I appreciate all of the thoughtful responses to my initial posting. A few follow up thoughts of my own follow.
I fear that by focusing on students getting a job, we're forgetting that there is more to life than work. A student who majors or minors in history for sheer love of the discipline has gained the tools needed to pursue a life-long interest in history, regardless of discipline. This comes under the heading of life enrichment, and it brings joy to people. My father was a small businessman, but he had a life-long love of history. In the evenings, he'd read history, and when we traveled, we often went to historic sites or museums.
EDS, the H-War audience might find this of interest, from Tom Ricks' Task and Purpose online magazine
OPERATION MOLOTOV 2024
Note in the comments section the reference to the "bored professor"! What a hoot.
vr, John T Kuehn
"Rebecca Bliquez (Seattle University) has published an article (.pdf) in the ACRL Instruction Section Instructional Technologies Committee’s Tips and Trends. Bliquez outlines some common ways digital humanities tools and methods can be integrated into undergraduate classrooms, such as digital exhibition creation, Wikipedia editing, digital mapping, and text analysis."
A librarian at Wofford College, I am calling on you for assistance to answer a research question that I received from one of its professors.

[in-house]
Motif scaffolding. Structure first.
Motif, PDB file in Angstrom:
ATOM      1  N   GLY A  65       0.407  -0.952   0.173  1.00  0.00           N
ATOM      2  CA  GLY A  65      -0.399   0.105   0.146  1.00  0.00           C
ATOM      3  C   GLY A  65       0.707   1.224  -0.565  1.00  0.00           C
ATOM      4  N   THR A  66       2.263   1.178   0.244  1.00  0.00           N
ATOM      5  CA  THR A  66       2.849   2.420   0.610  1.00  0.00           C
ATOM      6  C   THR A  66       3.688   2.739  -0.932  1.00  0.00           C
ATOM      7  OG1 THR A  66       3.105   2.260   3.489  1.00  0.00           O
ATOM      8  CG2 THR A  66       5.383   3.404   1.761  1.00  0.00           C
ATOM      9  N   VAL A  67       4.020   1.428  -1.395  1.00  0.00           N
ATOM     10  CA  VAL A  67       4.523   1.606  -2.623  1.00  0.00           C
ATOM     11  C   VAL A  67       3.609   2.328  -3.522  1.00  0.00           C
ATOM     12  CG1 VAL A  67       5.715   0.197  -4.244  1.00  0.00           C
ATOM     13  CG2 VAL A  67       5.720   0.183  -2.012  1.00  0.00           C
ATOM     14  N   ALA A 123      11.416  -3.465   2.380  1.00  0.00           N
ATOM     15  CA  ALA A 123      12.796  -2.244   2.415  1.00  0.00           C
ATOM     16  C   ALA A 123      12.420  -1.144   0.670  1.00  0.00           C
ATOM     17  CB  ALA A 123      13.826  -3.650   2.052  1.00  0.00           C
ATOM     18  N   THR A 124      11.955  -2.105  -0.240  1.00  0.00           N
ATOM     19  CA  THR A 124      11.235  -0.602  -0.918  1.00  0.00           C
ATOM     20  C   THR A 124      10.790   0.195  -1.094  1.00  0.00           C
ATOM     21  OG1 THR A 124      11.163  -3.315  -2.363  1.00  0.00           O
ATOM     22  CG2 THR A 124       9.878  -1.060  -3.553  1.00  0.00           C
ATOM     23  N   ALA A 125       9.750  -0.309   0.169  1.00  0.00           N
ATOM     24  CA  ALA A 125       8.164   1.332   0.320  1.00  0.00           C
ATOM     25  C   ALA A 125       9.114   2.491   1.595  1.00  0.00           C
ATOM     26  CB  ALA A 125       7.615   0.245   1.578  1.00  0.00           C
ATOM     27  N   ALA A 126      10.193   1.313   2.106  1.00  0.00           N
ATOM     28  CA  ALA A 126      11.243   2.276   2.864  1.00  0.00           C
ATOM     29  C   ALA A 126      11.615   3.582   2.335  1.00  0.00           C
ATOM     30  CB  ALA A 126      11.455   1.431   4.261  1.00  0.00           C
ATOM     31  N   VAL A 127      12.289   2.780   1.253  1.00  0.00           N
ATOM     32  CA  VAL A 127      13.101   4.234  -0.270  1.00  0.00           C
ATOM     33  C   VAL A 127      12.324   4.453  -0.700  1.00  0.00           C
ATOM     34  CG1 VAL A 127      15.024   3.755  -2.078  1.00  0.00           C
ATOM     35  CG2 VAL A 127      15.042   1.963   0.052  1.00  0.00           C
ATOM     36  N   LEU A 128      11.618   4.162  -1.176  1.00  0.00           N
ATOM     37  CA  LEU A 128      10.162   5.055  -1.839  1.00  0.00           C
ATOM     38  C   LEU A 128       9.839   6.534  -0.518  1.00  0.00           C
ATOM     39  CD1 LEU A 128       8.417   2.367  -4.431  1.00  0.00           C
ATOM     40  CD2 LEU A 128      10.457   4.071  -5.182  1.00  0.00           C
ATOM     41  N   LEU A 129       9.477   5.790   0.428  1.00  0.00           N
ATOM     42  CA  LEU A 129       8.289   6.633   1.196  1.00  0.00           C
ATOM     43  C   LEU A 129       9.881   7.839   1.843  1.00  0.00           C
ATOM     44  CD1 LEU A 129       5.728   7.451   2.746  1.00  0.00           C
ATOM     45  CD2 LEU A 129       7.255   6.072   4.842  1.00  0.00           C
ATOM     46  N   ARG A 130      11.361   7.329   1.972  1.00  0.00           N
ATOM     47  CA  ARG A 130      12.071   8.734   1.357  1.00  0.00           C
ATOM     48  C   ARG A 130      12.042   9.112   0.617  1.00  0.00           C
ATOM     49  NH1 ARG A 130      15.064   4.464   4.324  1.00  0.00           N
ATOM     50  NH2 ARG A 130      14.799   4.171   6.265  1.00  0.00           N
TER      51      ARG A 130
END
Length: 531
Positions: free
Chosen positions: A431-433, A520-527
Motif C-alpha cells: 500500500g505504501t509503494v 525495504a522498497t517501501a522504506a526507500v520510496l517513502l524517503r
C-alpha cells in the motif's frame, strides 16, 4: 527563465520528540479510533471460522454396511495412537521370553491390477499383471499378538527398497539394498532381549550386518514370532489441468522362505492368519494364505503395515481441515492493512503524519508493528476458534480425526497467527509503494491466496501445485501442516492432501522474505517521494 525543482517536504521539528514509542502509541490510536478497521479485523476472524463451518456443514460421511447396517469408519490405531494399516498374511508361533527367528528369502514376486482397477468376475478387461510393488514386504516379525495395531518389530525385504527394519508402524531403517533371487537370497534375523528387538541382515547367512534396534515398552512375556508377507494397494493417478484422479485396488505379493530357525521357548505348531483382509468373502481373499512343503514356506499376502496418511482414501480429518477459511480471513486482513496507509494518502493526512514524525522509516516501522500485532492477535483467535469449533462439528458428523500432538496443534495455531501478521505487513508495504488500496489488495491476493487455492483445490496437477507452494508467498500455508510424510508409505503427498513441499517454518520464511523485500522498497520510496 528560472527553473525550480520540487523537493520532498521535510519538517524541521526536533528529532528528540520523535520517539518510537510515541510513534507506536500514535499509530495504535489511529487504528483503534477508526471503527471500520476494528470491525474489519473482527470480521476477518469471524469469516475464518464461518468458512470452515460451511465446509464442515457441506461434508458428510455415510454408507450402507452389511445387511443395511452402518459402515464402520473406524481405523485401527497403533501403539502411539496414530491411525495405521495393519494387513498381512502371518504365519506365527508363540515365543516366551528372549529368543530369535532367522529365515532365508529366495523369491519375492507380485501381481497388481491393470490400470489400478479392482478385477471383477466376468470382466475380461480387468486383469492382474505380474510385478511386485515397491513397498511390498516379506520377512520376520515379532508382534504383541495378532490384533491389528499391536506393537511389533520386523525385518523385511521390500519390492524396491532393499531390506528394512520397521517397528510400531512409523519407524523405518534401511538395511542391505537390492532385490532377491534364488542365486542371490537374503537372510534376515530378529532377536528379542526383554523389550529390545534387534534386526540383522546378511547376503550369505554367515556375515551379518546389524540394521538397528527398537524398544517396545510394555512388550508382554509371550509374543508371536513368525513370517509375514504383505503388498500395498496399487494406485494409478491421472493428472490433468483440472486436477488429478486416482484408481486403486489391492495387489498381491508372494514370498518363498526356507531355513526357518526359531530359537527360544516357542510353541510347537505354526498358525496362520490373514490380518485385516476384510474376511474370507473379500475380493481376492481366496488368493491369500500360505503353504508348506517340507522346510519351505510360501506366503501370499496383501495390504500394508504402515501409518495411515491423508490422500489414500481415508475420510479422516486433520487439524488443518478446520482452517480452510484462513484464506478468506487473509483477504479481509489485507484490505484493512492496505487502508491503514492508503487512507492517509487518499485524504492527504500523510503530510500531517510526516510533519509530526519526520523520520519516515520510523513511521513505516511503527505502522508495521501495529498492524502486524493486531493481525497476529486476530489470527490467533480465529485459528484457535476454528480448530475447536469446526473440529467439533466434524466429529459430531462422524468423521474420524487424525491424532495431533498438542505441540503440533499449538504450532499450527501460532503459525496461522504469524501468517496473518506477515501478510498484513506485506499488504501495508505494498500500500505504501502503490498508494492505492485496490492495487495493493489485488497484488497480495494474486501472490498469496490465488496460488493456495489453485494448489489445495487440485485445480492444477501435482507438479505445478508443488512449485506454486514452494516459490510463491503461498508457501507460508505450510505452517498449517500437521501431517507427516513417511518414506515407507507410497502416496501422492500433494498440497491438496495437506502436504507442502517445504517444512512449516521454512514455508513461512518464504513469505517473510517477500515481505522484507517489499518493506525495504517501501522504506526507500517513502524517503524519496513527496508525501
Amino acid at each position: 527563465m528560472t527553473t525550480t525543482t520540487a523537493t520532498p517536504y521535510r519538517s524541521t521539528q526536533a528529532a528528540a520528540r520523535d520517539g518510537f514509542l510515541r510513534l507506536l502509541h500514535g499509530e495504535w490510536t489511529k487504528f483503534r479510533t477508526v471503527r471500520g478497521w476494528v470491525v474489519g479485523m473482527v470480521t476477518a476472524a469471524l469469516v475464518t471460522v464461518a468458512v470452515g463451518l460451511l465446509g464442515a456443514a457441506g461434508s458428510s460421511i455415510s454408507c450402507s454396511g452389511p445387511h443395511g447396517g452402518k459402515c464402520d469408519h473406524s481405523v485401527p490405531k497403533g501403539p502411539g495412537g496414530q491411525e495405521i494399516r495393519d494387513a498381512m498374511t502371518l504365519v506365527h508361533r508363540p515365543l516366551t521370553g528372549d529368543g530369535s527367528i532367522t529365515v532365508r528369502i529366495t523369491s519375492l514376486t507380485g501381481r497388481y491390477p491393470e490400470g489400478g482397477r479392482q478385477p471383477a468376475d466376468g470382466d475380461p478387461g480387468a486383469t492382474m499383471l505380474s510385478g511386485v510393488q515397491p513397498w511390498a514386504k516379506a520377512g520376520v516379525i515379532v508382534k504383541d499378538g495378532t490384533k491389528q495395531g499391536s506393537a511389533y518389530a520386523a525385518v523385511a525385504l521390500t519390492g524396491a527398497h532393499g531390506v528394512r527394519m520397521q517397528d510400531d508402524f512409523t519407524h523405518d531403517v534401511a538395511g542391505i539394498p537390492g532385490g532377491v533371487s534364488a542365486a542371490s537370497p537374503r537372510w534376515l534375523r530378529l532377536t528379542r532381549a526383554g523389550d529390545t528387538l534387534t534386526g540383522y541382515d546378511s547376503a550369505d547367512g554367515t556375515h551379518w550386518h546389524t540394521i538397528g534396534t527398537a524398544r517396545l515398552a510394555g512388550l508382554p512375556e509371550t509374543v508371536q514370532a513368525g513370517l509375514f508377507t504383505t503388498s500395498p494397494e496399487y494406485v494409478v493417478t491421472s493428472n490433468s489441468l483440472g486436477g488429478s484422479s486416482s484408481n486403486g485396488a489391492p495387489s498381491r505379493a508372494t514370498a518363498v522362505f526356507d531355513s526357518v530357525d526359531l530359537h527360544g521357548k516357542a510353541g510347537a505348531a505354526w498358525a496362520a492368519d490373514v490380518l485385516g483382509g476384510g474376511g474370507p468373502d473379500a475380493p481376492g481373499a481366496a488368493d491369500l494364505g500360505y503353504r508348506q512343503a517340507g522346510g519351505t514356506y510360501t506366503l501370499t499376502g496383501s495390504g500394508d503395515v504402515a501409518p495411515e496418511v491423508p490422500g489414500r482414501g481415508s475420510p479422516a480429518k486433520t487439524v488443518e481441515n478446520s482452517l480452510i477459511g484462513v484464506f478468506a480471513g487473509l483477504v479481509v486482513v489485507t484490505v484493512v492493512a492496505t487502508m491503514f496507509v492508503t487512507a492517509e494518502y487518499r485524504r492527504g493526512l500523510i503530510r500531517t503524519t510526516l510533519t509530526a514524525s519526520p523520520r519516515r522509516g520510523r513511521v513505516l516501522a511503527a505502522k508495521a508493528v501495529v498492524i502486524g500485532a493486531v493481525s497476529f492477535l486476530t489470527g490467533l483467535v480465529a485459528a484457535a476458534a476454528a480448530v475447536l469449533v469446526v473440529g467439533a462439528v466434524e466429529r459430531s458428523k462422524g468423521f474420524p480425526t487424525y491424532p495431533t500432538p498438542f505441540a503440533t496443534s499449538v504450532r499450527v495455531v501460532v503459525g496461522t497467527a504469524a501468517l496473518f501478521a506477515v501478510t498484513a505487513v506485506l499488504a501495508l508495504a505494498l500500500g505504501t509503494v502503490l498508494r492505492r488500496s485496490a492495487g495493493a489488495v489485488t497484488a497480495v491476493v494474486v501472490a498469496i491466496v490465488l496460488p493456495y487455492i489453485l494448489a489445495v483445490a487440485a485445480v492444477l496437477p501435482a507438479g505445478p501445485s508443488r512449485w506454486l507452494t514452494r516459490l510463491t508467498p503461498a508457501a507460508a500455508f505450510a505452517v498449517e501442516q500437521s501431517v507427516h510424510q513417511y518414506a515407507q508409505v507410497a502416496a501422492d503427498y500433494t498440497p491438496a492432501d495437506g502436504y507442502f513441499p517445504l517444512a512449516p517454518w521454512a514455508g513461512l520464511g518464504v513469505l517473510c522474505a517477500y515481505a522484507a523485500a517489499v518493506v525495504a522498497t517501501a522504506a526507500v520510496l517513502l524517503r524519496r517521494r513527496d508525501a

I have been following this thread for the past couple weeks. I have learned much from the contributions of everyone and am now doing my own research into the question. The posts have catalyzed an introspective struggle within my mind, heart, and soul. My heart goes out to all the history graduates, with a love for the discipline, who finish their degrees with bleak employment prospects and a mountain of debt.
Does anyone recognize the name "P. Anhalt"? A short piece of what seems to be liturgical music (the text begins "Shmor Yisrael") appears in at least two different collections with that name attached:
1) "Shirei Eretz Yisrael" (the 1935 volume published in Berlin).
2) "Songs of My People" (compiled and edited by Harry Coopersmith, published by Chicago Anshe Emet Synagogue, 1937).